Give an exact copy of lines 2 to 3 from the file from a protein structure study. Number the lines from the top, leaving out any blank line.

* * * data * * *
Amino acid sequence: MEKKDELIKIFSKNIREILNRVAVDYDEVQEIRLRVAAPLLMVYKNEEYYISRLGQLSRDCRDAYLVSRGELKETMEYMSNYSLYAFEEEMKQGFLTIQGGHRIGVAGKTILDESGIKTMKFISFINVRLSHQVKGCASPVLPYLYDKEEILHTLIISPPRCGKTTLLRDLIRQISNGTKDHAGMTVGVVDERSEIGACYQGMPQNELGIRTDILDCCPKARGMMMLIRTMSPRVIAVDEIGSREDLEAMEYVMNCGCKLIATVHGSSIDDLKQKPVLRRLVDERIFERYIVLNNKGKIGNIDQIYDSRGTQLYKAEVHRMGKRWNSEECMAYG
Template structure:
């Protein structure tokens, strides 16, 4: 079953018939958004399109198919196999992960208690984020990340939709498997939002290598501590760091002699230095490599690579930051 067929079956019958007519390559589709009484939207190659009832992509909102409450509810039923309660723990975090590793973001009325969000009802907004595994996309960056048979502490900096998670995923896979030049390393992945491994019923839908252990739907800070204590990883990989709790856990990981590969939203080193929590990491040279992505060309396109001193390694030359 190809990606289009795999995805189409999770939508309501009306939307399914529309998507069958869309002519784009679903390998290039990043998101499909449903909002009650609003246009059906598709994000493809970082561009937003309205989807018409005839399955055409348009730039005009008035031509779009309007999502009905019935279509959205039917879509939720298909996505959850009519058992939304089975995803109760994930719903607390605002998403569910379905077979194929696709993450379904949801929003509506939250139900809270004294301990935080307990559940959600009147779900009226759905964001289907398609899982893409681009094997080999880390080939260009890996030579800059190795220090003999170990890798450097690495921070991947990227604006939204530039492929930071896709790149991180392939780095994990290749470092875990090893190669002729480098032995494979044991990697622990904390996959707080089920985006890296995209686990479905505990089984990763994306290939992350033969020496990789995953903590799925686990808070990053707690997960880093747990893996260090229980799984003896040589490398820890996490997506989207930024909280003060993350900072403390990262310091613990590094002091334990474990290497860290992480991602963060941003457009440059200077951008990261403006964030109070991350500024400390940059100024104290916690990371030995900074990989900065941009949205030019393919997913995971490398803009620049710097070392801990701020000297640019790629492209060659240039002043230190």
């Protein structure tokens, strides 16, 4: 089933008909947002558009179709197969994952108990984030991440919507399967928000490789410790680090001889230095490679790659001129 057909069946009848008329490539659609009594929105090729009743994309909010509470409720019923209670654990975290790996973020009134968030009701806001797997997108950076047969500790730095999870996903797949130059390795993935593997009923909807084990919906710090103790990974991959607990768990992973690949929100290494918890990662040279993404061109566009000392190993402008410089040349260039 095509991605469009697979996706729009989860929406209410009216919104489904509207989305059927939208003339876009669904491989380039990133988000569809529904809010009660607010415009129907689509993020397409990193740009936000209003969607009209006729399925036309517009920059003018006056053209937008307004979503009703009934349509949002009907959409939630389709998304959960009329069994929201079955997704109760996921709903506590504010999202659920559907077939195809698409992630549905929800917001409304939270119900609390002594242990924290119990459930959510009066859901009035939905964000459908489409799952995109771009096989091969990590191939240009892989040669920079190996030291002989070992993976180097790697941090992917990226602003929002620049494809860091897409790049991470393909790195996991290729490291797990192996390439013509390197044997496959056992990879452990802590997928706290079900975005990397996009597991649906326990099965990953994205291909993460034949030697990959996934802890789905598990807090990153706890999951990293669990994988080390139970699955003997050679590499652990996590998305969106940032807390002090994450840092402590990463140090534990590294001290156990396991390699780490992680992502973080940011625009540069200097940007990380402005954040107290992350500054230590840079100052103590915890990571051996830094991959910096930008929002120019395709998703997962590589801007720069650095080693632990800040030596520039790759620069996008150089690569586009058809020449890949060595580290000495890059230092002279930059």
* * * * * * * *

Template structure:
């Protein structure tokens, strides 16, 4: 079953018939958004399109198919196999992960208690984020990340939709498997939002290598501590760091002699230095490599690579930051 067929079956019958007519390559589709009484939207190659009832992509909102409450509810039923309660723990975090590793973001009325969000009802907004595994996309960056048979502490900096998670995923896979030049390393992945491994019923839908252990739907800070204590990883990989709790856990990981590969939203080193929590990491040279992505060309396109001193390694030359 190809990606289009795999995805189409999770939508309501009306939307399914529309998507069958869309002519784009679903390998290039990043998101499909449903909002009650609003246009059906598709994000493809970082561009937003309205989807018409005839399955055409348009730039005009008035031509779009309007999502009905019935279509959205039917879509939720298909996505959850009519058992939304089975995803109760994930719903607390605002998403569910379905077979194929696709993450379904949801929003509506939250139900809270004294301990935080307990559940959600009147779900009226759905964001289907398609899982893409681009094997080999880390080939260009890996030579800059190795220090003999170990890798450097690495921070991947990227604006939204530039492929930071896709790149991180392939780095994990290749470092875990090893190669002729480098032995494979044991990697622990904390996959707080089920985006890296995209686990479905505990089984990763994306290939992350033969020496990789995953903590799925686990808070990053707690997960880093747990893996260090229980799984003896040589490398820890996490997506989207930024909280003060993350900072403390990262310091613990590094002091334990474990290497860290992480991602963060941003457009440059200077951008990261403006964030109070991350500024400390940059100024104290916690990371030995900074990989900065941009949205030019393919997913995971490398803009620049710097070392801990701020000297640019790629492209060659240039002043230190």